Debtors collection

This ratio measures the speed with which a company collects dues from its customers. In other words it measures the efficiency in working capital management. The ratio is calculated by dividing trade accounts receivable with average daily sales. Thus, its shows the average number of days for which sales invoices remains unpaid.A rising trend in this ratio could mean a slowdown in demand, rising competition or inefficiency of the company. When demand is slowing down or when there is more competition, companies would give extended credit periods to customers which would push up this ratio. The ratio could also show variations if the demand is seasonal.

Assets turnover

This ratio measures the ability of the company to utilise its assets fully. The ratio is calculated by dividing revenues by total assets.A low assets turnover ratio generally means that the company's assets are not put to efficient use. However, the ratio should be seen in relation to the nature of the business. Capital intensive businesses would have low assets turnover ratio as their investment in assets would be very high. On the other hand, trading companies would have very high ratio. This does not mean that the capital intensive businesses are inefficient and trading companies are highly efficient.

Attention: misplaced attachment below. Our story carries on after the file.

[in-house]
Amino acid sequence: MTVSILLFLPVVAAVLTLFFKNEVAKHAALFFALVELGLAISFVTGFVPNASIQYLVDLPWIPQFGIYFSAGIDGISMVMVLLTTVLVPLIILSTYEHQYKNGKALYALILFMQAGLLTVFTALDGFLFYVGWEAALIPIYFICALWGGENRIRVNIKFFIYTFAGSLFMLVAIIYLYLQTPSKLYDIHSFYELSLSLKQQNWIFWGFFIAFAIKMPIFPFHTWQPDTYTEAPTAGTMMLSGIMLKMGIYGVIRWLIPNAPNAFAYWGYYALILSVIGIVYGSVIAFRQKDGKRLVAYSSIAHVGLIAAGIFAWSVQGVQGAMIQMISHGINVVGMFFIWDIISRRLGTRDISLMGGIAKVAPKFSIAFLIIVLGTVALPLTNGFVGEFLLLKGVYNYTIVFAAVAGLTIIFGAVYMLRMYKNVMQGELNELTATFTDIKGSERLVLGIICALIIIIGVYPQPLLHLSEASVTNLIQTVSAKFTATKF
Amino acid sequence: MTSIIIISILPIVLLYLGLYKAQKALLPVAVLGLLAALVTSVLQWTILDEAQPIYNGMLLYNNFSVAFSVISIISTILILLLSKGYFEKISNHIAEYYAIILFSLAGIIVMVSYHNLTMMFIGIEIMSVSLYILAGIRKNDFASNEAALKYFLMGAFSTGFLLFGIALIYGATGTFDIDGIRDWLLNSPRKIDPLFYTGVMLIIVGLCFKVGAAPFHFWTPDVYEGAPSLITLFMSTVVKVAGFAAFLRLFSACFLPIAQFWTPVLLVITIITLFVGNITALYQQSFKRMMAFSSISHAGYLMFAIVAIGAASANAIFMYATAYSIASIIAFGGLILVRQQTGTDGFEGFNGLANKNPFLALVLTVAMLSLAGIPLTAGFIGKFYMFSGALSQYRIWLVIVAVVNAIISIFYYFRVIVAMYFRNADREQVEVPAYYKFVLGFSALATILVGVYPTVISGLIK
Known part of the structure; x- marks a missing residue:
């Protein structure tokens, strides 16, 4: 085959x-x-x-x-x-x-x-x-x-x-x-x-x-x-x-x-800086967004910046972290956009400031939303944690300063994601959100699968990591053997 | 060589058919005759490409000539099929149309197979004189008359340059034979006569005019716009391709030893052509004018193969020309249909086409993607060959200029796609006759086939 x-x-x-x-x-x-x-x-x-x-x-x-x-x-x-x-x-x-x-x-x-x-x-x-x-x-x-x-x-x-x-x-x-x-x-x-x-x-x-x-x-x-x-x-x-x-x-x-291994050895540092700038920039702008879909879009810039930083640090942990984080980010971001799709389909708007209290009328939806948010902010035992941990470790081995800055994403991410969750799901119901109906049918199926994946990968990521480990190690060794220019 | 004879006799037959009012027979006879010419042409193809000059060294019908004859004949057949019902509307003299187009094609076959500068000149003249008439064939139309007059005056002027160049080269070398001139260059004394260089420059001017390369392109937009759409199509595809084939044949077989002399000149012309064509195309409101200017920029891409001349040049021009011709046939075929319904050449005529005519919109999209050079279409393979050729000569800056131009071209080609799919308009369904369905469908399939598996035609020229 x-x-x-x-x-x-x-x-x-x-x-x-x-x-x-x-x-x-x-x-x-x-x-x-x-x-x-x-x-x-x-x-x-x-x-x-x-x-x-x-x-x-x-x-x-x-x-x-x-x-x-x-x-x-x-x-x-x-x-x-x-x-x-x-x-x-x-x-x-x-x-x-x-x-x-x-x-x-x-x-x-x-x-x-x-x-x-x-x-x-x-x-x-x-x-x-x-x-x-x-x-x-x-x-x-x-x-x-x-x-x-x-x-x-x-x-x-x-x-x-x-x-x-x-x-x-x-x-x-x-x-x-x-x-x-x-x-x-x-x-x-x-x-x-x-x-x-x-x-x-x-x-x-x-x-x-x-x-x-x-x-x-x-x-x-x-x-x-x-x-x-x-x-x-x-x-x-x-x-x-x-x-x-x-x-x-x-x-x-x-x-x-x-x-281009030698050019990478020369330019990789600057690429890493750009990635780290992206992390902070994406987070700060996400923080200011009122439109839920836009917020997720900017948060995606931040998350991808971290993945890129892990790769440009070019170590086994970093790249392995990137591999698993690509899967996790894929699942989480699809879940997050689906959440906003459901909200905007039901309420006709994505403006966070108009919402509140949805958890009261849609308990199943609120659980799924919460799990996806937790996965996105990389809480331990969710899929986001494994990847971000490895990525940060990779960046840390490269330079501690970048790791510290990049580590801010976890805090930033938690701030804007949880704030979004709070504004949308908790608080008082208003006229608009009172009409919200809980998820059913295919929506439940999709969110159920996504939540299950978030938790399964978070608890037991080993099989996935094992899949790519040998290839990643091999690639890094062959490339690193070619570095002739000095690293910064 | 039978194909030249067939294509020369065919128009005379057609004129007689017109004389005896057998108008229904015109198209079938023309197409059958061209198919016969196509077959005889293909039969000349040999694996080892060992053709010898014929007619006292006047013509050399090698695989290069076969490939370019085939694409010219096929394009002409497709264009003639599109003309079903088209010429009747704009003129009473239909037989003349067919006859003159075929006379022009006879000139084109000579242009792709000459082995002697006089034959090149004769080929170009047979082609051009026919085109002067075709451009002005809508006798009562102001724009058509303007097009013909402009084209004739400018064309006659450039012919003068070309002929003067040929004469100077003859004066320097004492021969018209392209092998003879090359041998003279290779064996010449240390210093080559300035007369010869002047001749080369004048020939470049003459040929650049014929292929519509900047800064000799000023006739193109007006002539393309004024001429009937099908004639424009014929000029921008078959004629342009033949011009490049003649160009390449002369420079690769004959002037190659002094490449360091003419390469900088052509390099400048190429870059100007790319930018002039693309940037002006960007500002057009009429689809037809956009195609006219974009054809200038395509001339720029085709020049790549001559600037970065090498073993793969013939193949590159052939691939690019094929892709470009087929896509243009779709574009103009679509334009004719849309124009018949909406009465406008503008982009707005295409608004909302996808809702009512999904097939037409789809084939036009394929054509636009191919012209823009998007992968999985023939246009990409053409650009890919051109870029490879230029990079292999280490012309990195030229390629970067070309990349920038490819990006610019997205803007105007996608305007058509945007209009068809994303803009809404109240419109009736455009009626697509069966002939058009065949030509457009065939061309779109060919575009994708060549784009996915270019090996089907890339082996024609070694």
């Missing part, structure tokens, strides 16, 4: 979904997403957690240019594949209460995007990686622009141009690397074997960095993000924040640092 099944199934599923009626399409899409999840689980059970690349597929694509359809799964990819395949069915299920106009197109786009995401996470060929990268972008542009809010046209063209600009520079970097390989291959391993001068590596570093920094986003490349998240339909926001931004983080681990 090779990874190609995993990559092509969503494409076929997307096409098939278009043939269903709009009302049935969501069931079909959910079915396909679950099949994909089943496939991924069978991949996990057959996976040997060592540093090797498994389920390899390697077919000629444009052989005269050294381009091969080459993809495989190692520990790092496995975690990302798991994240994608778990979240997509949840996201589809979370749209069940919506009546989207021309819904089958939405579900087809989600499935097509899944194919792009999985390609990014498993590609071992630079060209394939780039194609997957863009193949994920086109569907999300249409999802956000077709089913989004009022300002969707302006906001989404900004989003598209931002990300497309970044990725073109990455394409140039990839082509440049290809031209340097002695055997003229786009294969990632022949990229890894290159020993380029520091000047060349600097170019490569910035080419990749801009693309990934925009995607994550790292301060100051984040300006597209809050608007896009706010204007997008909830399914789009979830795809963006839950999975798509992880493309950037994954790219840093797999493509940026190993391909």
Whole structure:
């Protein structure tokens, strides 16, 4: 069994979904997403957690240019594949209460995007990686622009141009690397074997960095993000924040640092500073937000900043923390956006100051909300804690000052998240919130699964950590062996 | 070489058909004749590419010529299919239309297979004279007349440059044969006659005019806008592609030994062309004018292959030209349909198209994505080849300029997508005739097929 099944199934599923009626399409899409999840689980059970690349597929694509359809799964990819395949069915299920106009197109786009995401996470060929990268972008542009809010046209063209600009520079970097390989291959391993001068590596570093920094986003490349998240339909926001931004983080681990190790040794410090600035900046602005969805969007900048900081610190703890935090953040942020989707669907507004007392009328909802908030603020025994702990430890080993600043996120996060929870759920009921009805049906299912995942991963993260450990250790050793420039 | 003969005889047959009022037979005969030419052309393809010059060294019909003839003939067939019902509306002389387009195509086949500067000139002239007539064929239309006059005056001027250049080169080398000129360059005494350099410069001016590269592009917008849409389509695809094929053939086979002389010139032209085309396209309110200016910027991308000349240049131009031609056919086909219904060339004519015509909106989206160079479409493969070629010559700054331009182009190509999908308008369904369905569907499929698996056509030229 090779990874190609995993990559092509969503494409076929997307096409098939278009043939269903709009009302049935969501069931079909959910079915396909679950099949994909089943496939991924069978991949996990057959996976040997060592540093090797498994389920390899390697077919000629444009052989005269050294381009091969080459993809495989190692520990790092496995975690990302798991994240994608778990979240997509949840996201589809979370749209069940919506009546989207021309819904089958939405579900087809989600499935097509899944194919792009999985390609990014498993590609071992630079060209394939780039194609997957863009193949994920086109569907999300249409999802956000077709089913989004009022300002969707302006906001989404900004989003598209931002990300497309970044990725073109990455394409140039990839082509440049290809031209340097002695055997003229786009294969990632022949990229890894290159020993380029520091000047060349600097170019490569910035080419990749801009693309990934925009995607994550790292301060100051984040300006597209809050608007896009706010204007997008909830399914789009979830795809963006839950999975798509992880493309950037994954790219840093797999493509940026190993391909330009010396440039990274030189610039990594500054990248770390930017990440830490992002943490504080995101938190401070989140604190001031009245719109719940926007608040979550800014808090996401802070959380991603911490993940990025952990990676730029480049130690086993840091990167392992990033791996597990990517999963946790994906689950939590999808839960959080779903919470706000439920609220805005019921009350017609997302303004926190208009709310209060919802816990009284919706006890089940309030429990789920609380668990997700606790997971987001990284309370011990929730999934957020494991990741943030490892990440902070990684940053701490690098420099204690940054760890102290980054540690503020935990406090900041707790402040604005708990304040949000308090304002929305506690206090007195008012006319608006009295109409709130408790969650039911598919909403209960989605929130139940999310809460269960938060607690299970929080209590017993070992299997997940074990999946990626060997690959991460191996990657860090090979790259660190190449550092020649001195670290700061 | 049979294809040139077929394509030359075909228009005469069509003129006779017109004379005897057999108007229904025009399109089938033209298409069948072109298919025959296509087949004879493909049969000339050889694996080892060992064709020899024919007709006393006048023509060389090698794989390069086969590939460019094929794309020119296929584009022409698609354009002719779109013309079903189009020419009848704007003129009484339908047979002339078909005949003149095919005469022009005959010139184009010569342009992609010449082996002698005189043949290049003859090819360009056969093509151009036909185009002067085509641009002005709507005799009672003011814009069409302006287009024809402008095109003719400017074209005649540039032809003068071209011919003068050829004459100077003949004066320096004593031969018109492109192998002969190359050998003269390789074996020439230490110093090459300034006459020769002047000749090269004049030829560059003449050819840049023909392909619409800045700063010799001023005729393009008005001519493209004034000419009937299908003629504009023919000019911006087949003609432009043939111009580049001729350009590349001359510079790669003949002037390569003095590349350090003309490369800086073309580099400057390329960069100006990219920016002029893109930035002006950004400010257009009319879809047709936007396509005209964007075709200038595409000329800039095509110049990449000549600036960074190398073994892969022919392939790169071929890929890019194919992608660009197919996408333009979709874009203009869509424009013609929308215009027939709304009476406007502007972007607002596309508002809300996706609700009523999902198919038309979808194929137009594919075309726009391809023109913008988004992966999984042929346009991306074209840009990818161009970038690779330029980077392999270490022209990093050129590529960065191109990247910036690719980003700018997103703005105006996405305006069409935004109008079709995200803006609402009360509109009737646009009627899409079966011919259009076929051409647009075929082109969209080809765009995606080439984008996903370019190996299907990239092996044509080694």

In general, manufacturing companies with higher profit margins would have low assets turnover ratio. Usually, higher margins result from use of highly skilled processes involving large investments in machinery.

Liquidity and leverage ratios

Interest coverage

Interest coverage ratio checks whether the company is earning enough profits to pay interests. It is measured as operating cash profits divided by interest costs for the period. Operating cash profits is also called earnings before interest, tax, depreciation and amortisation or EBITDA.

The higher the ratio, the healthier the situation is. The ratio is relevant only if the company has significant borrowings. For a company with low levels of debt, the ratio would always be high as long as it is profitable.

Debt